While it is impossible to list every Virginia Civil War widow, a profile of those who can be identified reveals many factors that shaped their wartime and postwar lives. The most outstanding characteristic of these widows was that the median length of their marriages before the war had been only six years and that they only had a median age of twenty-seven. Further indicative of their brief marriages before the war, the median number of children was only two. Finally, given their relative youth, it is not surprising that only one-third of them owned land before the war’s outset. Hence, with the death of their soldier-husbands, these women were left with no or limited financial assets and likely did not have children old enough to provide labor to assist them.
Given their small monetary resources, Virginia widows faced difficult circumstances even while the war was still being waged. To aid these widows as well as the wives of soldiers who were still living, the Virginia General Assembly in 1863 instructed the county courts to provide these women and their children with food. The county governments did their best to accomplish this task, but surely were hindered by the lack of supplies and the concurrent inflation.
The most obvious question is whether these widows were able to find new husbands during and after the war. Using the names of widows found in the death claim records, it appears that slightly less than half of Virginia’s Civil War widows remarried. Further, most who remarried did so either during the war or in its immediate aftermath. The most influential factor shaping whether war widows remarried was their age, with the youngest ones being most likely to marry again. Indeed, about three-fourths of those who were under the age of twenty when the war began found new husbands. Middle-aged widows were far less likely to remarry, but this largely can be explained by the fact that they were more likely to own property as well as to have adult children who could provide them with aid and labor. Hence, many widows who did not remarry did not do so by choice.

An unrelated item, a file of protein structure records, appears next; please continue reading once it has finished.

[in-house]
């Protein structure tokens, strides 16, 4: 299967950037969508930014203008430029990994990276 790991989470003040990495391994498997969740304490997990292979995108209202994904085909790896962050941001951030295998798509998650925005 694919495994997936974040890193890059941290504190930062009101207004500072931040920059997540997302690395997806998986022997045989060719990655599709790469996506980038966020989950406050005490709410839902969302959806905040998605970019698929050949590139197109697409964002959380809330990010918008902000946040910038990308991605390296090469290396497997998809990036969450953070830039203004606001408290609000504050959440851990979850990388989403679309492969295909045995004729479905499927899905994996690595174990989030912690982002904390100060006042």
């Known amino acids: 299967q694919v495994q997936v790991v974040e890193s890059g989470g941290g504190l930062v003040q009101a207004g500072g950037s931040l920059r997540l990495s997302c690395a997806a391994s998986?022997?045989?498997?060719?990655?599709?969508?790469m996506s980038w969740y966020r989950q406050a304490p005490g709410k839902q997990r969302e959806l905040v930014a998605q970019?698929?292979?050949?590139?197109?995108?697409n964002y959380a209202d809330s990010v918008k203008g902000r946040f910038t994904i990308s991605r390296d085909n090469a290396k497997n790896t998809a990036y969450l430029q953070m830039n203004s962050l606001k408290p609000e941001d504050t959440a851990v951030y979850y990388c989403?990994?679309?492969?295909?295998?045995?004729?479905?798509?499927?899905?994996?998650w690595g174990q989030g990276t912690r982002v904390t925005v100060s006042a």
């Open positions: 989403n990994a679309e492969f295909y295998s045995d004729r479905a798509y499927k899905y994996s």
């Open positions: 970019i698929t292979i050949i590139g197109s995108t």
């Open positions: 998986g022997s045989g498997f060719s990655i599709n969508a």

Widows who remarried were influenced by the shortage of men created by the war. Quite simply, it was difficult for widows to find husbands of the same demographic and class backgrounds as themselves. As a result, there was a significant increase in the share of women marrying significantly younger or older men than themselves. Specifically, the share of Virginia’s Civil War widows marrying men ten or more years older than themselves more than doubled, and the share of those marrying men five or more years younger than themselves tripled in comparison to the numbers before the war.
Few of the widows who did not remarry appear to have taken gainful employment; only about 2 percent seem to have done so by 1870. Of course, given Virginia’s overwhelmingly rural economy, there were few opportunities for women to work outside the home even if they had wanted to do so. Those who did find employment tended to work in traditionally female occupations such as dressmaking, weaving, and spinning cloth. Most women who did not remarry had relatives living nearby to help them in the period before their children reached adulthood and could assist them.
The amount of pension eligible widows received was fairly minimal at only $30 annually under the initial pension act. Despite the relatively small amount of compensation, about 1,300 Civil War widows filed for and received pensions during the first two years of the program. Significantly, Virginia’s pension program differentiated between those Civil War widows whose husband had died during the conflict and those wives whose veteran husbands had died after the conflict. For example, under the 1900 pension act, the former group of women received $40 per year compared to only $25 for the latter. Still, even this larger sum was quite small when compared to the much more generous federal pension program aiding Union Civil War widows that began during the war and awarded sums approximately three times greater than in Virginia. While very few Virginia Civil War widows could survive on the small pensions they received, it surely would have been a welcome compensation to the sons, daughters, and other relatives with whom many of these increasingly elderly women often resided.